The Waterfront For Frauds
Powerline’s Hindrocket shreds a little bit more of his suspect credibility:
The first actual news story I’ve seen on the Gannon affair is this AP report, which quotes Scott McClellan:
White House press secretary Scott McClellan said Guckert did not have a regular White House press pass but was cleared on a day-by-day basis to attend briefings and used his real name.
“He, like anyone else, showed that he was representing a news organization that published regularly and so he was cleared two years ago to receive daily passes just like many others are,” McClellan said. “In this day and age, when you have a changing media, it’s not an easy issue to decide, to try to pick and choose who is a journalist. It gets into the issue of advocacy journalism. Where do you draw the line? There are a number of people who cross that line in the briefing room.”
I still don’t get it. Gannon has been attacked for not being a “real” journalist–as compared to whom, Helen Thomas?
Well. Yeah. Contrast and compare:
So, just who is Jeff? Well, his Talon News bio has been delated, but it formerly indicated that he was a obtained a B.S. degree in Education from the Pennsylvania State University System, and attended a two-day right-wing school of journalism (“the Leadership Institute Broadcast School of Journalism”). Oh, and he “lives on Capitol Hill in Washington, DC.”
Commonly referred to as â€œThe First Lady of the Press,â€ former White House Bureau Chief Helen Thomas is a trailblazer, breaking through barriers for women reporters while covering every President since John F. Kennedy. For 57 years, Helen also served as White House correspondent for United Press International. She recently left this post and joined Hearst Newspapers as a syndicated columnist.
Born in Winchester, Kentucky, Helen was raised in Detroit, Michigan where she attended public schools and later graduated from Wayne State University. Upon leaving college, she served as a copy girl on the old, now defunct Washington Daily News. In 1943, Ms. Thomas joined United Press International and the Washington Press Corps.
For 12 years, Helen wrote radio news for UPI, her work day beginning at 5:30am. Eventually she covered the news of the Federal government, including the FBI and Capitol Hill.
In November, 1960, Helen began covering then President-elect John F. Kennedy, following him to the White House in January, 1961 as a member of the UPI team. It was during this first White House assignment that Helen began closing presidential press conferences with â€œThank you, Mr. President.â€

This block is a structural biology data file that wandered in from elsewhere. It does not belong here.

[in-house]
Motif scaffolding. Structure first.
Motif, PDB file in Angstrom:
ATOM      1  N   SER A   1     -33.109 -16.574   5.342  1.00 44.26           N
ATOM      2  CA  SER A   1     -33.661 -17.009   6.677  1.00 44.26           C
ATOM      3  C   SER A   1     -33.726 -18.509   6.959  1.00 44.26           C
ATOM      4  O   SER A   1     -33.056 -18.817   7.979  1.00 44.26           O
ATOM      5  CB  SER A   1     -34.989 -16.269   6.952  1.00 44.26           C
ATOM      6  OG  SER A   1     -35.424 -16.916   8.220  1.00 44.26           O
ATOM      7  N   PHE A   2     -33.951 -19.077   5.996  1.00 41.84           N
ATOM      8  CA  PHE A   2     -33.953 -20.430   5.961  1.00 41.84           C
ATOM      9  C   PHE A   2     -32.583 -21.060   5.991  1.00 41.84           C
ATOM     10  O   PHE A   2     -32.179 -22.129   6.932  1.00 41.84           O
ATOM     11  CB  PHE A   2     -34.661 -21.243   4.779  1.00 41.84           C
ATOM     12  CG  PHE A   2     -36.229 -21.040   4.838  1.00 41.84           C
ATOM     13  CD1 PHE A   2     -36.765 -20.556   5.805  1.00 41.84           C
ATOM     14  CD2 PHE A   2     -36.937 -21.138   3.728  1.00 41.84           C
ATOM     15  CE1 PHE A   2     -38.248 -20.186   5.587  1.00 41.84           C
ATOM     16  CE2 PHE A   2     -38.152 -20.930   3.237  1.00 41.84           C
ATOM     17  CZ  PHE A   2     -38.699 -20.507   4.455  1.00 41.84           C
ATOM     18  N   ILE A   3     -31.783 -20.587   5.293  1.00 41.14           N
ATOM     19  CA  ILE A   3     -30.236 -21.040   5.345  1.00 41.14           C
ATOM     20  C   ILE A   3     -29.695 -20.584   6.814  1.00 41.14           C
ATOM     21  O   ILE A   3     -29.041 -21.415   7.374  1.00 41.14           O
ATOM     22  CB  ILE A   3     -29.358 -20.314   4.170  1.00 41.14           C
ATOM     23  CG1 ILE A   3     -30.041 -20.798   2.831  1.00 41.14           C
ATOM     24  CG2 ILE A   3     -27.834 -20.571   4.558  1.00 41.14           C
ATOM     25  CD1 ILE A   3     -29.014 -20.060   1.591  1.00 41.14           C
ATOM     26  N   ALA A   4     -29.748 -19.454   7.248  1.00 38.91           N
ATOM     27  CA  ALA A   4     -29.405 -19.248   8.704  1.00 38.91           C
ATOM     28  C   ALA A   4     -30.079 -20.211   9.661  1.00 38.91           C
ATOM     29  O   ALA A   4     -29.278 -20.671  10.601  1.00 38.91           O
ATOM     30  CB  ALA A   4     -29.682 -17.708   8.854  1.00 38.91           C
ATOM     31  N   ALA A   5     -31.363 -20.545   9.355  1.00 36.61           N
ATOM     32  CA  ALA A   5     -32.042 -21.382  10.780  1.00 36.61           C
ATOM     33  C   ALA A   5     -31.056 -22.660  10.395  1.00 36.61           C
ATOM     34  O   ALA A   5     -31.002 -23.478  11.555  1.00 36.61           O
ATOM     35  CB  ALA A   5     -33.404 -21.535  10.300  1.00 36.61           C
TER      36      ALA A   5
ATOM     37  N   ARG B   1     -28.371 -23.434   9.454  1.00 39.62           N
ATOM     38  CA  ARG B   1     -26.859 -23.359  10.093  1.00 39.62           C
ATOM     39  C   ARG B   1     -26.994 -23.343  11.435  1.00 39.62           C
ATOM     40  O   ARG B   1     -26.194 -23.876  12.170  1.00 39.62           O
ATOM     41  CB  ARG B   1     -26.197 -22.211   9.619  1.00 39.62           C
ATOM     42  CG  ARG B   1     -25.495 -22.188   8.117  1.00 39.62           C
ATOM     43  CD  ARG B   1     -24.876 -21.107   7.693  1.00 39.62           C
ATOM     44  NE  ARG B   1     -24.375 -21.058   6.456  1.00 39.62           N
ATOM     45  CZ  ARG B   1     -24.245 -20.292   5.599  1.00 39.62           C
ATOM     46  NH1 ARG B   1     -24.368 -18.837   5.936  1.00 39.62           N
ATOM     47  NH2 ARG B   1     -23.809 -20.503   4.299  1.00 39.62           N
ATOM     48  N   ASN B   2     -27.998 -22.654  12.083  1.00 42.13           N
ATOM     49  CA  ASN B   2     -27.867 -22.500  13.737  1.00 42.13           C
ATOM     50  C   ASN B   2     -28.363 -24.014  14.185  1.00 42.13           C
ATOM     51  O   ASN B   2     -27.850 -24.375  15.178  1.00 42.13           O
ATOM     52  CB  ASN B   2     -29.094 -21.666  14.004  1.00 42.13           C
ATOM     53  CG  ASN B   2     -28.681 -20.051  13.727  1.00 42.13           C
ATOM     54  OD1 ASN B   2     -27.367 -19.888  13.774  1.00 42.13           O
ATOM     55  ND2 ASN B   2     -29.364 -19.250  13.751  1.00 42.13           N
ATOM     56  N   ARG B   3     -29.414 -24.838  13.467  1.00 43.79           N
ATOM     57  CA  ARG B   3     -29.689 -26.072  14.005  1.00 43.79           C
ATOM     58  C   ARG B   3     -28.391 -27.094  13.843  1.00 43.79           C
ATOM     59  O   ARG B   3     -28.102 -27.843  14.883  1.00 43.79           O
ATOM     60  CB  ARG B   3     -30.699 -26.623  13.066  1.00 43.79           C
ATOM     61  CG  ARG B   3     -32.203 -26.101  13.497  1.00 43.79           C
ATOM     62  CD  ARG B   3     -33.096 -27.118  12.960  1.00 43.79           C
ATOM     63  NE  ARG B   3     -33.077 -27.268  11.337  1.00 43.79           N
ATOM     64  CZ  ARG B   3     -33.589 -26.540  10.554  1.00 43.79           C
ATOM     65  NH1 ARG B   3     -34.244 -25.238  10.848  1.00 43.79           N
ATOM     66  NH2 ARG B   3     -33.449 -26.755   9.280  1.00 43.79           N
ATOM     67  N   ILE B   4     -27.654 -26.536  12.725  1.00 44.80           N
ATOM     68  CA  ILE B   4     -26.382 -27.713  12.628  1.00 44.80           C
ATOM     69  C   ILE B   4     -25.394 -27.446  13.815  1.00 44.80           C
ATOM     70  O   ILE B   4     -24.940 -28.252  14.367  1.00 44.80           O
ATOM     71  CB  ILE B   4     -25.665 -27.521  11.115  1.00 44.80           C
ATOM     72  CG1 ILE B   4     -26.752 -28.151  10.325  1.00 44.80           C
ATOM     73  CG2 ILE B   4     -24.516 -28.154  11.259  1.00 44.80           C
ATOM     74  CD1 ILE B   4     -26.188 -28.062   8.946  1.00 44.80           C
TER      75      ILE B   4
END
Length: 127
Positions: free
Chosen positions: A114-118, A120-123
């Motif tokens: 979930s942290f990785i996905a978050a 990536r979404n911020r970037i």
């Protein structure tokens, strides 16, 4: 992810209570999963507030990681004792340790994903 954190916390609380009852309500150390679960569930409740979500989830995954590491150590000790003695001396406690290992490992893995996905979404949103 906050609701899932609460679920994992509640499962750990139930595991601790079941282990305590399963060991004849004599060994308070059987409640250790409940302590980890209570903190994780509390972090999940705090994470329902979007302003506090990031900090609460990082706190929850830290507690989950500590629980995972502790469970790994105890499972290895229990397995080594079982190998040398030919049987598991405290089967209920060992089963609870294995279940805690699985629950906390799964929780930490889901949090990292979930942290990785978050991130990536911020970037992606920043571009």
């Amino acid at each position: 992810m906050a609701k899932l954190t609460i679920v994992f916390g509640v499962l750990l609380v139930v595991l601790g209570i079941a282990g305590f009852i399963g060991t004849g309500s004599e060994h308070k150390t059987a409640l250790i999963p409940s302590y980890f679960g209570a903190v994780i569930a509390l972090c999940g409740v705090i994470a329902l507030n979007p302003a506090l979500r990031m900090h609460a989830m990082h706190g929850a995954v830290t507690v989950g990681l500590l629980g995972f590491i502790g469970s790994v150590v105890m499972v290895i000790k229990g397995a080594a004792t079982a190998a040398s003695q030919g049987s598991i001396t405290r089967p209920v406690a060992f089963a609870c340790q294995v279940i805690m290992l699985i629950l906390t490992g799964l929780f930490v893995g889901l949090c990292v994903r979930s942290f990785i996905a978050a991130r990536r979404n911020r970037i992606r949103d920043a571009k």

In September, 1971, Pat Nixon scooped Helen by announcing her engagement to Associated Pressâ€™ retiring White House correspondent, Douglas B. Cornell at a White house party hosted by then President Nixon in honor of Cornell.
Helen was the only woman print journalist traveling with then President Nixon to China during his breakthrough trip in January, 1972. She has the distinction of having traveled around the world several times with Presidents Nixon, Ford, Carter, Reagan, Bush, and Clinton, and Bush, Jr., during the course of which she covered every Economic Summit. The World Almanac has cited her as one of the 25 Most Influential Women in America.
If we accept the Hindrocket standard for what constitutes a journalist, I think we should extend it to all disciplines.
John H. Hinderaker is a lawyer with the Minneapolis law firm Faegre & Benson. For more than ten years Hinderaker has written with his former law partner Scott Johnson on public policy issues including income inequality, income taxes, campaign finance reform, affirmative action, welfare reform, and race in the criminal justice system. Both Hinderaker and Johnson are fellows of the Claremont Institute. Their articles have appeared in National Review, The American Enterprise, American Experiment Quarterly, and newspapers from Florida to California. The Claremont Institute has archived many of their articles here.
Mr. Hinderaker lives with his family in Apple Valley, Minnesota. He is a graduate of Dartmouth College and Harvard Law School. He can be reached by phone at (612)766-8430.
TBogg has viewed well over two hundred episodes of Law & Order, as well as having seen such films as: 12 Angry Men, Inherit the Wind, And Justice For All, and My Cousin Vinny (starring the delightful Marisa Tomei). He has read several books by Scott Turow (including One L) and he once read a John Grisham novel on a flight home from Boston in order to avoid talking to the person in the next seat. Additionally he has several friends who are attorneys and one who is a judge. Oh. And he’s not losing his hair like another lawyer we could mention.
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